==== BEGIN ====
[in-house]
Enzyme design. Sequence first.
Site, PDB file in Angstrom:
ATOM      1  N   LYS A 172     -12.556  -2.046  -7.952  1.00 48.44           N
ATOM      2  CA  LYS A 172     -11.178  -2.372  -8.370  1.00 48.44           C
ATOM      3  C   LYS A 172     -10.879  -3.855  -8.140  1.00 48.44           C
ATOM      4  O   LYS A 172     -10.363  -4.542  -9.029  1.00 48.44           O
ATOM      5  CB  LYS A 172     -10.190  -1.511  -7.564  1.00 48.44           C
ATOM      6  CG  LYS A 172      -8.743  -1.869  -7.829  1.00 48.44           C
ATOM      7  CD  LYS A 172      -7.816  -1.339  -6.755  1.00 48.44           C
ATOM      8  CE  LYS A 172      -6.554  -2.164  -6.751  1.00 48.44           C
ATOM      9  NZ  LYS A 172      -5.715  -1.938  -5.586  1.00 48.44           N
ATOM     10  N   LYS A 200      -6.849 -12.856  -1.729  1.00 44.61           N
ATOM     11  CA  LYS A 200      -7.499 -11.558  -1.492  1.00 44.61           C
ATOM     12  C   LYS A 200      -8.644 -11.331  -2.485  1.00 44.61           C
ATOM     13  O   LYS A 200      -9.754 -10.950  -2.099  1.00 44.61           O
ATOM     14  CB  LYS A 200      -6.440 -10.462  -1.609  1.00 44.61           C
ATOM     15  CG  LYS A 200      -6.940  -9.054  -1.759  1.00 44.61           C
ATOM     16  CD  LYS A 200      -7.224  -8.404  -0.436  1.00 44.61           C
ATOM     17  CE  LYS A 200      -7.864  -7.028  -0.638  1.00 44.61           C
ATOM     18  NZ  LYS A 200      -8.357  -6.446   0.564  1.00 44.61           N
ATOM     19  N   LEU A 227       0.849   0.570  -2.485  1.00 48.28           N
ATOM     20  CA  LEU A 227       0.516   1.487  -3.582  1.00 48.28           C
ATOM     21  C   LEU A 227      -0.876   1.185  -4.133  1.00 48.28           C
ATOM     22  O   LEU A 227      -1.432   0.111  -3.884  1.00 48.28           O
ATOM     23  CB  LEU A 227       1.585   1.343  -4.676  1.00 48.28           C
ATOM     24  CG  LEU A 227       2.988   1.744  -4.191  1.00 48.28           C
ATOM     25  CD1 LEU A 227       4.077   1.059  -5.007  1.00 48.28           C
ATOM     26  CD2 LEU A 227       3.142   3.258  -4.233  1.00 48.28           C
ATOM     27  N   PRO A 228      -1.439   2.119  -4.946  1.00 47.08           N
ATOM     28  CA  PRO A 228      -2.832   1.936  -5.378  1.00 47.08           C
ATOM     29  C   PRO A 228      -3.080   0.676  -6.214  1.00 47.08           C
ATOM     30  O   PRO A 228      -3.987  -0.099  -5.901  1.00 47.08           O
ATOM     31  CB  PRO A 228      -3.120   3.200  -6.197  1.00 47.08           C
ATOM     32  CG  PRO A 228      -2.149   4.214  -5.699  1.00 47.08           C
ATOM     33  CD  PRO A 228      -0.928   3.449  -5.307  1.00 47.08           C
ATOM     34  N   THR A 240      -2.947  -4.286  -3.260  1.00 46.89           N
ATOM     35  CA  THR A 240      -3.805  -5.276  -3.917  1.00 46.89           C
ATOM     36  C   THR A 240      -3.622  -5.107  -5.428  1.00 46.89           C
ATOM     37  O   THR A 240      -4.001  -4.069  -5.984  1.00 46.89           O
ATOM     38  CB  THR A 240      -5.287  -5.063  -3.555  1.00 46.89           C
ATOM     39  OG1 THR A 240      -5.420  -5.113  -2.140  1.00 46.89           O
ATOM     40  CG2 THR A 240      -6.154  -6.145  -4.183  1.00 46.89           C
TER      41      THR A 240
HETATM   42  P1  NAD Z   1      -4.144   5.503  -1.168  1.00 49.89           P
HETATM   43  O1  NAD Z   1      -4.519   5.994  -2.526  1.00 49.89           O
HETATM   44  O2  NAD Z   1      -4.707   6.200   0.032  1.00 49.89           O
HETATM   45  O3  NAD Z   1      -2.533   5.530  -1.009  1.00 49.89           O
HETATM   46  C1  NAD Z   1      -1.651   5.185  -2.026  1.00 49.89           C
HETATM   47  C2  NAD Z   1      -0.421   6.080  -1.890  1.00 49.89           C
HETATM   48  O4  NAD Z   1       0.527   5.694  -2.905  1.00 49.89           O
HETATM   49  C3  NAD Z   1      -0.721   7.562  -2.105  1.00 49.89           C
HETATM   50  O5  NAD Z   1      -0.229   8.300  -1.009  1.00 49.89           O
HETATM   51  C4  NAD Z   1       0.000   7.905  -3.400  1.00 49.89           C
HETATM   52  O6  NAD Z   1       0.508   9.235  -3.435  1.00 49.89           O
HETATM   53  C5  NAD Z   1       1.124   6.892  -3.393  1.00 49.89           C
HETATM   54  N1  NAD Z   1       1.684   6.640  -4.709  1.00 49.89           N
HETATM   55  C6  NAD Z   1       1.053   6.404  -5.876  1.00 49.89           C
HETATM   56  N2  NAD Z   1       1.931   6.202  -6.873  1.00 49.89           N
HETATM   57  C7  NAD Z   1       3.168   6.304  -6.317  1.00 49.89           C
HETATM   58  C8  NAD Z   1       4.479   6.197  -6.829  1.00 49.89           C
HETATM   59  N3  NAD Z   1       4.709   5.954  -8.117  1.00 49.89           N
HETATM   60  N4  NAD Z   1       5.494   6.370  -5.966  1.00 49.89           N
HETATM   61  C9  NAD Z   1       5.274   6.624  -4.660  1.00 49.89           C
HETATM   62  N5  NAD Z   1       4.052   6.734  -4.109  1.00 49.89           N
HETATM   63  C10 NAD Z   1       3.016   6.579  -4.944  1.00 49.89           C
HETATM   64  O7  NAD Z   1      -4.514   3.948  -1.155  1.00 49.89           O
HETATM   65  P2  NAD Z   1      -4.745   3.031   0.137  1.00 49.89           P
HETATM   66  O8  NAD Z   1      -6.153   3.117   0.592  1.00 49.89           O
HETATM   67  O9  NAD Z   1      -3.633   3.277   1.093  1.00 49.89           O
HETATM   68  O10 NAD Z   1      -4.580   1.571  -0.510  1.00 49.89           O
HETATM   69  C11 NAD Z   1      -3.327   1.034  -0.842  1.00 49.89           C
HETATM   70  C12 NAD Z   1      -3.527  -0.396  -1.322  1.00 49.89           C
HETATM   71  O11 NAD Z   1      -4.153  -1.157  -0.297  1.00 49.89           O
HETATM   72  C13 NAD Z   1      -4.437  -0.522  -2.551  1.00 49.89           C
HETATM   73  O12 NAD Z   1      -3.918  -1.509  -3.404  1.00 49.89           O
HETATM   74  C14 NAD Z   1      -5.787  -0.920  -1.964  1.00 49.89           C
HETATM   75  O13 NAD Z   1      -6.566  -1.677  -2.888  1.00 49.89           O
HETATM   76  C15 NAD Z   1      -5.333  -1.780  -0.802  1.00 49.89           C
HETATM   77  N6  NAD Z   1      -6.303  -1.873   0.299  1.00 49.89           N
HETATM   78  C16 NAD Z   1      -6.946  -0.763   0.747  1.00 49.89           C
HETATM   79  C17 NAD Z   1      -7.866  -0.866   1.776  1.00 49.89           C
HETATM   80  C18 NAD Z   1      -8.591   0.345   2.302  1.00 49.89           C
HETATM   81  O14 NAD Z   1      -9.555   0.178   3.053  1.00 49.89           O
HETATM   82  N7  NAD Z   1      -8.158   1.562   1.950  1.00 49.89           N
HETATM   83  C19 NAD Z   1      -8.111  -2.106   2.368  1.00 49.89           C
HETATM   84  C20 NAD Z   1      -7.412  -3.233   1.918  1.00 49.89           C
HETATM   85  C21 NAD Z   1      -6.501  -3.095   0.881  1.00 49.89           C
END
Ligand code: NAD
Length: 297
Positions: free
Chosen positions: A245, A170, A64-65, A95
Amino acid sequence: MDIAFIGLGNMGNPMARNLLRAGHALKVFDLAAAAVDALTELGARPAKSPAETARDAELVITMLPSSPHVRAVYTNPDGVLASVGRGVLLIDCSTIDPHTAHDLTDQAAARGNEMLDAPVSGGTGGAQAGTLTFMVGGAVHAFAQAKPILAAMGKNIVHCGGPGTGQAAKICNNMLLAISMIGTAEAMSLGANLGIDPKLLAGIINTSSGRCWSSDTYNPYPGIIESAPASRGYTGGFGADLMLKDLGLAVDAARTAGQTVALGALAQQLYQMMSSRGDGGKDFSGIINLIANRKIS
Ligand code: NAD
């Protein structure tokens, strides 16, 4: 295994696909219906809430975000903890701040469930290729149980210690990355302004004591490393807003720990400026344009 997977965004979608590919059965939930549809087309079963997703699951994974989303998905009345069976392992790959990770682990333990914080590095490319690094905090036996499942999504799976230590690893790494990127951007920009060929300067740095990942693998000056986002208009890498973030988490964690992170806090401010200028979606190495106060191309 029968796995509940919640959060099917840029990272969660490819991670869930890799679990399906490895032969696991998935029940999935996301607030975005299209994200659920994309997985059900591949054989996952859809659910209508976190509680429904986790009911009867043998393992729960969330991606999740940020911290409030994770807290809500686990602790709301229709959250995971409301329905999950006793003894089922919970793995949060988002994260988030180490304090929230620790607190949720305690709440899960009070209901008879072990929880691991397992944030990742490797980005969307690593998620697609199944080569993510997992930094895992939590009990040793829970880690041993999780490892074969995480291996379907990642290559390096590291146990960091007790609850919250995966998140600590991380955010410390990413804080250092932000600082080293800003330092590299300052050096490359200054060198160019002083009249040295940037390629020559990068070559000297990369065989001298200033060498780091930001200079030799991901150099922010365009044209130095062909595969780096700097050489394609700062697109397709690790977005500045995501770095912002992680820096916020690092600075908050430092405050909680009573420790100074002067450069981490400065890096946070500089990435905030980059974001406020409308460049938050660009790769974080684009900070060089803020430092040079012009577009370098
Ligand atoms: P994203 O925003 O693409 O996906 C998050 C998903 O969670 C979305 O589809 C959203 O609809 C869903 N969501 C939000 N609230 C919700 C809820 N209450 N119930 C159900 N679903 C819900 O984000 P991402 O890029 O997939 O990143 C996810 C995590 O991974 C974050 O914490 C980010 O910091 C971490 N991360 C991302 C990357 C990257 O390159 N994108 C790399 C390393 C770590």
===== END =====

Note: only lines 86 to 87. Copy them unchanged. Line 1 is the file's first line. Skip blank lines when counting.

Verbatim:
HETATM   83  C19 NAD Z   1      -8.111  -2.106   2.368  1.00 49.89           C
HETATM   84  C20 NAD Z   1      -7.412  -3.233   1.918  1.00 49.89           C